Because the class is final, the getPoint() method can be declared public. A public subclass that violates this rule cannot override the method and expose it to untrusted code, so its accessibility is irrelevant. For nonfinal classes, reducing the accessibility of methods to private or package-private eliminates this threat.

Compliant Solution (Nonfinal Classes with Nonpublic Methods)

This compliant solution declares the Point class and its getPoint() method as package-private, which allows the Point class to be nonfinal and allows getPoint() to be invoked by classes present within the same package and loaded by a common class loader:

class Point {
  private final int x;
  private final int y;

  Point(int x, int y) {
    this.x = x;
    this.y = y; 
  }
	
  void getPoint() { 
    System.out.println("(" + x + "," + y + ")");  
  }	
}

Noncompliant Code Example (Public Class with Public Static Method)

This noncompliant code example again defines a class that is internal to a system and not part of any public API. Nonetheless, the class Point is declared public.

public final class Point {
  private static final int x = 1;
  private static final int y = 2;

  private Point(int x, int y) {}
    
  public static void getPoint() { 
    System.out.println("(" + x + "," + y + ")");  
  } 
}

Even though this example complies with OBJ01-J. Declare data members as private and provide accessible wrapper methods, untrusted code could access Point and invoke the public static getPoint() to obtain the default coordinates. The attempt to implement instance control using a private constructor is futile because the public static method exposes internal class contents.

Compliant Solution (Package-Private Class)

This compliant solution reduces the accessibility of the class to package-private:

final class Point {
  private static final int x = 1;
  private static final int y = 2;

  private Point(int x, int y) {}
    
  public static void getPoint() { 
    System.out.println("(" + x + "," + y + ")");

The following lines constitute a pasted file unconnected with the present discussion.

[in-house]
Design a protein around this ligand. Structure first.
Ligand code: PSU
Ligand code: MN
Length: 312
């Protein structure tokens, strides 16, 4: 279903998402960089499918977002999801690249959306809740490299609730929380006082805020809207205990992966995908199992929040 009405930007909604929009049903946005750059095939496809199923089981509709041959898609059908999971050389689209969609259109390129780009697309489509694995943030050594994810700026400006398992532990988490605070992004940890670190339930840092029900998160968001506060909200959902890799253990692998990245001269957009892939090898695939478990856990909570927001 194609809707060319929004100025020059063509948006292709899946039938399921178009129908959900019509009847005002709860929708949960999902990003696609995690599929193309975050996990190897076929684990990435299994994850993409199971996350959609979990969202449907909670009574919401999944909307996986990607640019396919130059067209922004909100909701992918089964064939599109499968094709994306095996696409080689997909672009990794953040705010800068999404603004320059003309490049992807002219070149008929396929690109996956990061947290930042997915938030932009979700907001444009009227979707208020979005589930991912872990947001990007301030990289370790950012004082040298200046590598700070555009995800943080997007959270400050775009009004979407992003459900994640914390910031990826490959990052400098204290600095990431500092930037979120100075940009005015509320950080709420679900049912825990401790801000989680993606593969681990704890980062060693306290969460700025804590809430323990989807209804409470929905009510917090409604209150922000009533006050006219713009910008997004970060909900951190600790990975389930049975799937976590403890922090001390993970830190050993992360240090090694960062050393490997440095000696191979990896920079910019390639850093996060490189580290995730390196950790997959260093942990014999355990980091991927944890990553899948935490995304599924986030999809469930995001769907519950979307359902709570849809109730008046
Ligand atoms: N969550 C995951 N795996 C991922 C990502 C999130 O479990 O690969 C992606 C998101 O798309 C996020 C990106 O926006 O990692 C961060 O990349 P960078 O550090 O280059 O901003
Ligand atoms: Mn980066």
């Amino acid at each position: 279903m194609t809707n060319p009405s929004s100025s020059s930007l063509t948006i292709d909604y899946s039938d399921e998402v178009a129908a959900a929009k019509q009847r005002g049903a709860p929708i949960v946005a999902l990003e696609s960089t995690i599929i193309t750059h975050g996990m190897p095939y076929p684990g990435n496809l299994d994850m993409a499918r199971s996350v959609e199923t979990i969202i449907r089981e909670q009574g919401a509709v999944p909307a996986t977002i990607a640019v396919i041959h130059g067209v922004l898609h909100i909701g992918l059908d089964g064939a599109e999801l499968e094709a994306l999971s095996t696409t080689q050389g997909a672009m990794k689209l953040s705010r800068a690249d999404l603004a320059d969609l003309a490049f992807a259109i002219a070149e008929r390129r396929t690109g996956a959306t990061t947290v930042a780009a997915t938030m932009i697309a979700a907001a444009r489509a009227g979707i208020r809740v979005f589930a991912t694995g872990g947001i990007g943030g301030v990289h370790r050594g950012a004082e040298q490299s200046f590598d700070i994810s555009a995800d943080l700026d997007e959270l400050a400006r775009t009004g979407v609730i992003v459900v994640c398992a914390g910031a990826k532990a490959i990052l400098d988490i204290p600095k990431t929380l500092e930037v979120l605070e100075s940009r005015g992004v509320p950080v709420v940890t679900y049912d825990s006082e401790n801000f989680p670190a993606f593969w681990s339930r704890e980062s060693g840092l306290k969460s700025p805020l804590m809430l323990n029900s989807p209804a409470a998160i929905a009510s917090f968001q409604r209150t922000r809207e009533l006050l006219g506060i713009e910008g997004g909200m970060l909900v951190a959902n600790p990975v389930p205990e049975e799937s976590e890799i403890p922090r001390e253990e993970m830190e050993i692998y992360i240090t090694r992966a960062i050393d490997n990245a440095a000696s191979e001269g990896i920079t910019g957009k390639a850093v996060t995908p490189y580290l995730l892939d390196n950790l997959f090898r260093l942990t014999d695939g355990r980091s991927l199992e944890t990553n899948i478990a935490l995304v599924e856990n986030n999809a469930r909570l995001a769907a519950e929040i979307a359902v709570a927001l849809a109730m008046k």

} 
}

Access to the getPoint() method is restricted to classes located within the same package. Untrusted code is prevented from invoking getPoint() and obtaining the coordinates.

Applicability

Granting excessive access breaks encapsulation and weakens the security of Java applications.

A system with an API designed for use (and possibly extended) by third-party code must expose the API through a public interface. The demands of such an API override this guideline.

For any given piece of code, the minimum accessibility for each class and member can be computed so as to avoid introducing compilation errors. A limitation is that the result of this computation may lack any resemblance to what the programmer intended when the code was written. For example, unused members can obviously be declared to be private. However, such members could be unused only because the particular body of code examined coincidentally lacks references to the members. Nevertheless, this computation can provide a useful starting point for a programmer who wishes to minimize the accessibility of classes and their members.

Bibliography

[Bloch 2008]

Item 13, "Minimize the Accessibility of Classes and Members"
Item 16, "Prefer Interfaces to Abstract Classes"

[Campione 1996]

Access Control

[JLS 2014]

§6.6, "Access Control"

[McGraw 1999]

Chapter 3, "Java Language Security Constructs"

 


3 Comments

  1. The table would be better with package and sub-class reversed, and sub-class/default entry removed. Also not module complicates the relationship (see Alex Buckley's blog: http://blogs.sun.com/abuckley/en_US/entry/the_effect_of_modules_on ). Note private is accessible to all members of the same outer class.

    The compliant solution has a private outer classes, which is not possible.

    "A class that overrides the protected java.lang.Object.finalize method and declares that method public, for example, enables hostile callers to finalize an instance of that class, and to call methods on that instance after it has been finalized." - It turns out that this is pointless. Another object finalized at the same time can resurrect an instance of even a final class.

  2. I had trouble understanding the meaning of the following from the applicability section:

    For example, unused members can obviously be declared to be private. However, such members could be unused only because the particular body of code examined coincidentally lacks references to the members. Nevertheless, this computation can provide a useful starting point for a programmer who wishes to minimize the accessibility of classes and their members.

    Unused code? Wait, we have a guideline that says unused code should be removed!

    1. I think that concern is addressed by the sentence starting "However, ...". I think that it's OK.